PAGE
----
[Nick] I've got no right to do this. I'm really sorry.

I should have never unloaded all this on you.

[Joan] Oh, God. No, this is... nothing.

This is so less than nothing compared to what happened to you.

You were on the outside of this, and I dragged you in.

I had no right to do that.

[breathing heavily]

Was I outside of it? I don't want to be.

This is my city too. I can't just watch this on TV.

I want to do something.

But this is all I know how to do: words.

This is all I have. I can't think of anything else.

It's okay.

It's okay. They're your tools.

[Joan] People need to tell their stories.


Even the people who tell their stories know this.

You know, when it first happened, I would wake up every day cleansed of the memory.

There would be these fresh moments after sleep.

And then I'd remember.

Yes, it happened.

And now I have to go through another day, living that reality.


[Nick] Maybe we should stop.

You're tired.

You're fried. I can tell from looking at ya.

Didn't you say there was one more service scheduled?



Barney and Dave, my two wild men.

But they haven't scheduled Dave yet.

Okay. Barney.



Tell me about Barney.

Barney. Well--

Everybody loved Barney.

He and, um...

He and Dave were always getting in trouble.


They were always having these, um, escapades.

So one day he comes in, and he says, "I found this '69 Thunderbird convertible in, like, Wyoming.

I'm gonna go buy it," he tells us.

And these two guys, they come back across country in this beat-up old T-Bird, but they're supposed to be at work.

So I keep getting these calls from, like, you know, South Dakota, "Don't worry, Cap. We're coming. We're on our way."

Well, finally, they-- they get back and they tell the story.

But it's one of these, you know, firehouse tales that they tell in the kitchen that gets riper every time you hear it.

He had this banter that could just keep you rolling.

His jokes were really, really bad.



I don't know-- maybe it was the way he laughed at them himself.

He'd just keep everybody in stitches.

This was a guy that you loved.


Well, yeah.

And no.

I mean, you gotta understand.

This is a guy in his mid-30s. He's still living with his parents.

They were an elderly German couple.

They never called him Barney. Bernhardt it was.


Yeah, his mother always said... [deep voice] "Bernhardt."

He had his own private workshop in the firehouse, and he used to do all the firehouse welding.

And, you know, above the bench, where you hang your wrenches, he had a spot for every tool.

There was a silhouette in the shape of the tool.

My dad is like that.

-[Nick] Oh, yeah? -Yeah.

We have this, um, giant generator, a power source.

Uh, very hard to move around. Takes two guys.

It's a Hurst tool. They use it in traffic accidents.

Some people call it the Jaws of Life, but it's a Hurst tool.

So Barney comes along, and he whips out his measuring tape, and he builds this brand-new handcart that fits exactly into the truck compartment, on wheels.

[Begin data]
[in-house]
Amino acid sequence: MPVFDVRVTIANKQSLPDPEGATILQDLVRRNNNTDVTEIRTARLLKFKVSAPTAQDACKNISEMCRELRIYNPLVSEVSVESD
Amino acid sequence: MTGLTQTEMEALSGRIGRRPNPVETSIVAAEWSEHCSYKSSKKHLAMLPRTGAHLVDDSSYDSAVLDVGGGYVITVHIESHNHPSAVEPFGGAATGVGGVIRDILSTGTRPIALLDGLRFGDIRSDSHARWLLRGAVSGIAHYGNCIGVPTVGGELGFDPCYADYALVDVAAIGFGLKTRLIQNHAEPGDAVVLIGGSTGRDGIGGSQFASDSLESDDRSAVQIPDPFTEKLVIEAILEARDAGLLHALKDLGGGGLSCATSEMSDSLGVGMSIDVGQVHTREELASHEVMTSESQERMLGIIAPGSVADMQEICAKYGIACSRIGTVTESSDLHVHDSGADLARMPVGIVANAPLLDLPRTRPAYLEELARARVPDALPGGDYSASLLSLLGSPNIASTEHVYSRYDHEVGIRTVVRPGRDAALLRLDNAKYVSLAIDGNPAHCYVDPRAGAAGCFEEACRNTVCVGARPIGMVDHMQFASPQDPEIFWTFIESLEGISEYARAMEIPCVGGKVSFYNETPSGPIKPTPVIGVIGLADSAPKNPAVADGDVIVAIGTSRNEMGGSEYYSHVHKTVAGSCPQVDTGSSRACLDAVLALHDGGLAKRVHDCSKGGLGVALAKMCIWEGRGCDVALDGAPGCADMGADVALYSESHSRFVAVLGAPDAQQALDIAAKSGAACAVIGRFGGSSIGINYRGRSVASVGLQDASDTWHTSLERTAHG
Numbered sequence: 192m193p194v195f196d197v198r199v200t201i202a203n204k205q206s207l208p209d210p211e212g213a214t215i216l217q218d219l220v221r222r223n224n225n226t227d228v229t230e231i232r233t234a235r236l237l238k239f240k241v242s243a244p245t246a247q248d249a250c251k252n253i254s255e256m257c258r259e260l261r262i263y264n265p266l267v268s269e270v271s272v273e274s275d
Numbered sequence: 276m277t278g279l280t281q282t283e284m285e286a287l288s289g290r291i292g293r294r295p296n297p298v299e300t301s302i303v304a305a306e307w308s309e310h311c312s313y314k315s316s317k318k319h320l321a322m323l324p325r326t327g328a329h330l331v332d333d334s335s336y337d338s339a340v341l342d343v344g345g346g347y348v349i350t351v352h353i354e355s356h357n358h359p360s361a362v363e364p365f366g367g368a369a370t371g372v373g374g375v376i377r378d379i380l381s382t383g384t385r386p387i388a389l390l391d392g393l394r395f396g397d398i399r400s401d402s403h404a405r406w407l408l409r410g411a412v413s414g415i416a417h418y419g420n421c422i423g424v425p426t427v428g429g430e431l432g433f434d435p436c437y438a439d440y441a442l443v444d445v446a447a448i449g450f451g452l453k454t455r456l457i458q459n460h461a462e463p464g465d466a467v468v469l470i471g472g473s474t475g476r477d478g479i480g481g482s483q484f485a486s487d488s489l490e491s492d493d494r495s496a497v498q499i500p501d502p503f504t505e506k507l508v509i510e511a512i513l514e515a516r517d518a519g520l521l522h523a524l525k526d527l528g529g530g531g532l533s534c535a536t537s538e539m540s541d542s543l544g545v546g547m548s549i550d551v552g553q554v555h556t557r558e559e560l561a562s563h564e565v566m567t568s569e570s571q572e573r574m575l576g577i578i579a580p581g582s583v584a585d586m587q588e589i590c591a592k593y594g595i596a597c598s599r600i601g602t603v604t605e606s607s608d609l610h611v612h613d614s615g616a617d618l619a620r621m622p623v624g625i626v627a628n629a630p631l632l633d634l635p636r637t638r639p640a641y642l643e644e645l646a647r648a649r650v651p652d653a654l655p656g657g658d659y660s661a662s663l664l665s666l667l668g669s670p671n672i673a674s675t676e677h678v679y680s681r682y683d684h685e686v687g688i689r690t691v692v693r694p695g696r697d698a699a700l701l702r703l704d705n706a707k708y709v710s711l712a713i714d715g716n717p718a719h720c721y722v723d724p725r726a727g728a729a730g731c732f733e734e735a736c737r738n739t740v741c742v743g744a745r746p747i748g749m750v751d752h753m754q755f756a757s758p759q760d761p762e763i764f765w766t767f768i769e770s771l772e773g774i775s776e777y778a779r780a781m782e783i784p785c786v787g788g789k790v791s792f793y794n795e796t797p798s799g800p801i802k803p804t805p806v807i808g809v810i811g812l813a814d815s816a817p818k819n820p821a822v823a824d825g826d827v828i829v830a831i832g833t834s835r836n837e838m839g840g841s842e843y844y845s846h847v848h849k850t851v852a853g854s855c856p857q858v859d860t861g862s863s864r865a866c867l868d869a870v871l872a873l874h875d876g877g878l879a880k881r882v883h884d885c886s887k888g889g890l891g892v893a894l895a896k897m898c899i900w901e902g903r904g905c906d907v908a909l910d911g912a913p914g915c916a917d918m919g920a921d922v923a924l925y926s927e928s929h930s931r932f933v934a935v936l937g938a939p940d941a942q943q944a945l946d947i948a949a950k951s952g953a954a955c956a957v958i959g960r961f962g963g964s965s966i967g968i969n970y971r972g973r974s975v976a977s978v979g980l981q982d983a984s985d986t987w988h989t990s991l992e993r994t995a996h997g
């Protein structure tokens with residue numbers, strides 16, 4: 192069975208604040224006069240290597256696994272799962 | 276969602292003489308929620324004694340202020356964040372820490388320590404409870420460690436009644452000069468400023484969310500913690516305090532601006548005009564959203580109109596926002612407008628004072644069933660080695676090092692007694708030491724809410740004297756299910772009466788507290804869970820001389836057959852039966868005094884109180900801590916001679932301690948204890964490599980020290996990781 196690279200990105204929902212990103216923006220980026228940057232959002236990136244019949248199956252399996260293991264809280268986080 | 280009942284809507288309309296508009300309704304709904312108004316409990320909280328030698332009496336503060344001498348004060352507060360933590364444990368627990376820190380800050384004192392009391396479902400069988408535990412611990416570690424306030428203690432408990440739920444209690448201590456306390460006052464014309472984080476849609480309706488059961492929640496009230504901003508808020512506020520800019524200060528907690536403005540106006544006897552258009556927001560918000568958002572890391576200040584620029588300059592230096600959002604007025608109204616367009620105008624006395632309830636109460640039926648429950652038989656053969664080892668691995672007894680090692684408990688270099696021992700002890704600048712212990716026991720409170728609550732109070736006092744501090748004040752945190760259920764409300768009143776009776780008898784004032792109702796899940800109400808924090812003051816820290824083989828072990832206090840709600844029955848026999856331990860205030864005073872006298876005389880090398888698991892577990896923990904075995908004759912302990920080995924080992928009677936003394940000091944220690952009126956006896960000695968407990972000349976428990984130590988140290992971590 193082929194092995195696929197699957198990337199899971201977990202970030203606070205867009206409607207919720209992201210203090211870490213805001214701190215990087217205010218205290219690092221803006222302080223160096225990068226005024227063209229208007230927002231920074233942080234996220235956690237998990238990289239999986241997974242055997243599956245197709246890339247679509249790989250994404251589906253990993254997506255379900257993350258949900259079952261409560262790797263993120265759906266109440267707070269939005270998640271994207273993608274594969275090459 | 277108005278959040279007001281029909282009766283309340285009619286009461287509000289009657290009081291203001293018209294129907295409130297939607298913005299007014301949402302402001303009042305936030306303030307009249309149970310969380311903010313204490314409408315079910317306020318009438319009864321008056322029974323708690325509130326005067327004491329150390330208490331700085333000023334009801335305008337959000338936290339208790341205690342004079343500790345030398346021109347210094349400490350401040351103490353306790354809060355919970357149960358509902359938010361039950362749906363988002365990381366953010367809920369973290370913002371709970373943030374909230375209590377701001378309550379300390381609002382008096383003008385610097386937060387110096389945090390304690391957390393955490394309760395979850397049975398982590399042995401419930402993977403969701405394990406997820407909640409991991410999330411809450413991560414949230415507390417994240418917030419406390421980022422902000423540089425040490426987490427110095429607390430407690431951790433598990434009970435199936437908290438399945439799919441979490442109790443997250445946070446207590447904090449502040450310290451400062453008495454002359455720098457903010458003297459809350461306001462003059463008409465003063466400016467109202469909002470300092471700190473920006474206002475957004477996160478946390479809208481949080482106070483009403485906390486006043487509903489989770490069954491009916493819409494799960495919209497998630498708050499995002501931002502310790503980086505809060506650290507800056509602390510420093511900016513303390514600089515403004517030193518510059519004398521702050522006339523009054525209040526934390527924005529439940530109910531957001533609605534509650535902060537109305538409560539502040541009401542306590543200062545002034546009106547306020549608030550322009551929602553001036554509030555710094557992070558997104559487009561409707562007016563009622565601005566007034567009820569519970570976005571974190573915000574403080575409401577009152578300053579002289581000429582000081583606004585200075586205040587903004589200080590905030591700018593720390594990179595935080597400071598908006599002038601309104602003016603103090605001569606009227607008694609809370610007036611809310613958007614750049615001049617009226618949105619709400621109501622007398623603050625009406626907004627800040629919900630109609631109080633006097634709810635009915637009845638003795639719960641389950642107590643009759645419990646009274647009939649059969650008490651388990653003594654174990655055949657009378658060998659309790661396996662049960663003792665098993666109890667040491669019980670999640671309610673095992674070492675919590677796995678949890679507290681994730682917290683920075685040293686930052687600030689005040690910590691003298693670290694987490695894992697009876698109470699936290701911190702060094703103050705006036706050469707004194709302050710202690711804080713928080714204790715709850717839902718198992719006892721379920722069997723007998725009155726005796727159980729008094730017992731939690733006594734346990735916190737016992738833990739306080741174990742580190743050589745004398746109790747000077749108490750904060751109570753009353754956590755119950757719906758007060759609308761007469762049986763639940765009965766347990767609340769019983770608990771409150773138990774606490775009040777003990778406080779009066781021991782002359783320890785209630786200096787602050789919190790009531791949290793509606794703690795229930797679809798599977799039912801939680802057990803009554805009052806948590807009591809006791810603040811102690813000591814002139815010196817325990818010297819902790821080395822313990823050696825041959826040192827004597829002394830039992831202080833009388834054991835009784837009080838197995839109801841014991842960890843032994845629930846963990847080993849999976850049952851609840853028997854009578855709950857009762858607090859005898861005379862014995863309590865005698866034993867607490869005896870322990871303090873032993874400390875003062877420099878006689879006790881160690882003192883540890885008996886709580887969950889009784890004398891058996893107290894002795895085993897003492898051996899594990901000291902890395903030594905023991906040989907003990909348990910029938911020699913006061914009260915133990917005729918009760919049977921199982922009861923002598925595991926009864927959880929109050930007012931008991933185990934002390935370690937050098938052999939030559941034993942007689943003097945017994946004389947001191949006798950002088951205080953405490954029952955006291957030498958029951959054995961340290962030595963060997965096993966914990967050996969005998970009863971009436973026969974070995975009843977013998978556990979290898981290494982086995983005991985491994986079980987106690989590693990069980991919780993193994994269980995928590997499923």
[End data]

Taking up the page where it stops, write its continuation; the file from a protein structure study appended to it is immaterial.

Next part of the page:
One guy can handle it by himself, no sweat.

Wow. That sounds ingenious.

We didn't even know we needed it.

Sometimes we would try and send him out to the hardware store to get something.

He'd go, "Ah, no, no, no, no. Too flimsy." And he'd make it himself.

His bench: bolted to the floor. That thing's not going anywhere.

One time this guy got transferred into the company.

And he brought this metal workout rack, which you put the barbells on.

So we put it in the workout room, and the guys were using it.

Time goes by and the guy gets transferred out.

And he comes and he says, "I'm gonna take my equipment with me."

Barney looks at Dave and he says, "Oh, no, he's not."

So he goes in and he welds the whole thing together.

-[Joan laughs] -You can use it, but you can't get it out the door.

I mean, that thing is never going anywhere.

And there was nothing-- there was nothing this guy could do about it. Nothing.

He was-- he was mad.

Well, what did Barney look like?

Oh, you know, he was tall, uh, light-haired, uh, kind of beefy, not exactly handsome.

You know, he and Dave used to go out drinking, trying to meet, uh, nice girls.

Um, but Barney never had too much luck.


He used to always say if only he could meet a woman welder.

That would be the girl of his dreams.

So whenever he would meet a woman, all the guys would say, "Yeah, but, Barney, can she weld?"


-Flashdance. -Exactly.

-[Nick] Mm. -[Joan laughs]

Oh, God.

Everybody else was on duty that day.

But I wasn't sure about Barney. He wasn't on duty, but he didn't call in.

So all day, while I'm checking all the other reports, I keep thinking, "What about Barney? Where's Barney?"

What happened?

Well, time went by.

And then we remembered the videotape from the firehouse security camera.

So we watched it.

And it's just before 9:00.

And you see Barney's van pull up. He gets out.

He's talking to Dave.

And then suddenly, the street and the sidewalk start filling up with papers.